Grantee, and ultimately HUD, with a Project Financial
costs
                            Settlement Statement as of April 30, 1989. This statement
                            included the figure of $8,088,560 as the construction
                            contract sum. Included were $564,318 for development
                            fees paid to CA. The GC did not incur these fees for labor,
                            materials, equipment or related services necessary and
                            reasonable for project development.

                            The GC, Mr. Freeman individually, is also the President of
                            F&A. The GC and mortgagor signed a Standard Form of
                            Agreement Between Owner and Contractor on November
                            19, 1987. On November 20, 1987, the GC and CA signed
                            a Standard Form of Agreement Between Contractor and
                            Subcontractor. Arthur M. Winn's name appears on both
                            agreements. He is a general partner in the Lakeside
                            mortgagor and also the President of CA, which made CA an
                            IOI entity.

                            Prior to the Lakeside project, F&A and CA formed
                            Freeman/ Alliance Company, a Joint Venture. The parties
                            signed a Joint Venture Agreement dated December 5, 1986,
                            prior to the construction of Meadow Terrace Apartments in
                            LaGrange, GA. The agreement's first amendment, at May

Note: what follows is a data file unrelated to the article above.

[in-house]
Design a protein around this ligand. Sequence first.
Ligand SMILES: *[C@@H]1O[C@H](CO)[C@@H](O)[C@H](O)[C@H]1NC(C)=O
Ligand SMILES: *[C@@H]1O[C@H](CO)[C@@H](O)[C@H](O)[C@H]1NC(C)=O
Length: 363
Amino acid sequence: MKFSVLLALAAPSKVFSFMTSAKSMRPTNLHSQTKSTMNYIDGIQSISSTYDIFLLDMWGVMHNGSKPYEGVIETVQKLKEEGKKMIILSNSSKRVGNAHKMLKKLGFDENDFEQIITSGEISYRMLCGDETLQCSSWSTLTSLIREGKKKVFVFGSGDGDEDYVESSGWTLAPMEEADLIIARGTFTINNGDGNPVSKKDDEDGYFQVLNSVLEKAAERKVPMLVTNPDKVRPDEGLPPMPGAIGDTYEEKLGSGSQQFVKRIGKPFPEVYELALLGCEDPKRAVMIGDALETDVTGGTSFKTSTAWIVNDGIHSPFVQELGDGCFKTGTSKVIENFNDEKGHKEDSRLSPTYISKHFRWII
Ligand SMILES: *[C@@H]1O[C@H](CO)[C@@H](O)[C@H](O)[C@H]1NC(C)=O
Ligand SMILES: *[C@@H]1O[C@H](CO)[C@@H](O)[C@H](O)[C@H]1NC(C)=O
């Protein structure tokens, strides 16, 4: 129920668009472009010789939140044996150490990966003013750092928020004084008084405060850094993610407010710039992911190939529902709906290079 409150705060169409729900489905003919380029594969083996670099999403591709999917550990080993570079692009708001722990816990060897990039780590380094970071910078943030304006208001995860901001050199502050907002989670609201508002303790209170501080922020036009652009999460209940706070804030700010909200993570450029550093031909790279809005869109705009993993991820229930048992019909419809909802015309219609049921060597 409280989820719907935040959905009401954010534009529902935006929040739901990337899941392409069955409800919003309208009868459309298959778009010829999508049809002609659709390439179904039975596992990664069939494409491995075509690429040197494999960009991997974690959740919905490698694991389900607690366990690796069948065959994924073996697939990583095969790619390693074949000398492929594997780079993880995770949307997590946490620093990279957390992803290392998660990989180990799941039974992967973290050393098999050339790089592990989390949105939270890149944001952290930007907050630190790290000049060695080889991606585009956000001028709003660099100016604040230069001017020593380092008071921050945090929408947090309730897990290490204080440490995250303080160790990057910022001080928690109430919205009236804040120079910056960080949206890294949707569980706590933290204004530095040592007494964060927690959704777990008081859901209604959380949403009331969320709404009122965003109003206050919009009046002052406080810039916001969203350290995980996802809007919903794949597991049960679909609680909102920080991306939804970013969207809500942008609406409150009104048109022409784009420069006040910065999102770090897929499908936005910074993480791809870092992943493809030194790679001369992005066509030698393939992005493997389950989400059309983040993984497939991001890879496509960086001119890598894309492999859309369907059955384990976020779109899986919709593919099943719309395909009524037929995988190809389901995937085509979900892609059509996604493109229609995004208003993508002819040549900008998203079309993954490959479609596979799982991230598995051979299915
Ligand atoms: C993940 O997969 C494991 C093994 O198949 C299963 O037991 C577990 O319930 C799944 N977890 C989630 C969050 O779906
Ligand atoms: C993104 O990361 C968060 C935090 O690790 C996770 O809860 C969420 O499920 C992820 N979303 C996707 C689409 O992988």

2, 1988, added the Greenwood Park Apartments, also in
                            LaGrange. The GC joined with CA on the Lakeside
                            project. However, documentation showed CA as a
                            subcontractor, not as part of a Joint Venture. Although no
                            Joint Venture Agreement for the Lakeside project existed,
                            the Joint Venture bank account was used to disburse all
                            payments except one to CA. This same account was used
                            for construction payments for the LaGrange projects.

                            The mortgagor increased the GC's Lakeside total contract
                            sum for the development fees paid to CA. F&A's 1987
                            Financial Statements showed the estimated total contract
                            amount for Lakeside was $7,524,242. The owner's
                            Application for Multifamily Housing Project of September
                            18, 1986 also included a builder's estimated costs of
                            $7,524,242. This amount was increased $564,318 in the
                            construction contract sum of $8,088,560. According to the


                                    Page 5                                 96-AT-219-1002
Finding



                 final cost summary, the development fees totaled $564,318.
                 Of this amount, CA received $556,811 by checks issued on
                 the Joint Venture bank account, and F&A paid CA the
                 remaining $7,507 from its general account.

                 The Joint Venture Agreement, dated December 5, 1986,
                 stipulated in part that CA would:

                     "expedite the processing of requisitions, contribute its
                     financial experience and expertise; assure timely
                     decision-making by Owner in connection with all
                     special requirements of          the Project, including
                     compliance with... HoDAG administration; and
                     generally to coordinate finishes (sic), delivery schedules
                     and communications between Contractor, Owner and
                     the Lenders for the Project."

                 Excluding an omitted reference to the Georgia Department
                 of      Transportation          requirements,          t he
                 contractor/subcontractor agreement for the Lakeside
                 (Alabama) project had almost identical wording as the Joint
                 Venture Agreement concerning what CA would do. The
                 subcontractor was not required "to devote any specific
                 amount of time or effort."

                 Mr. Freeman, representing his and his firm's interests, stated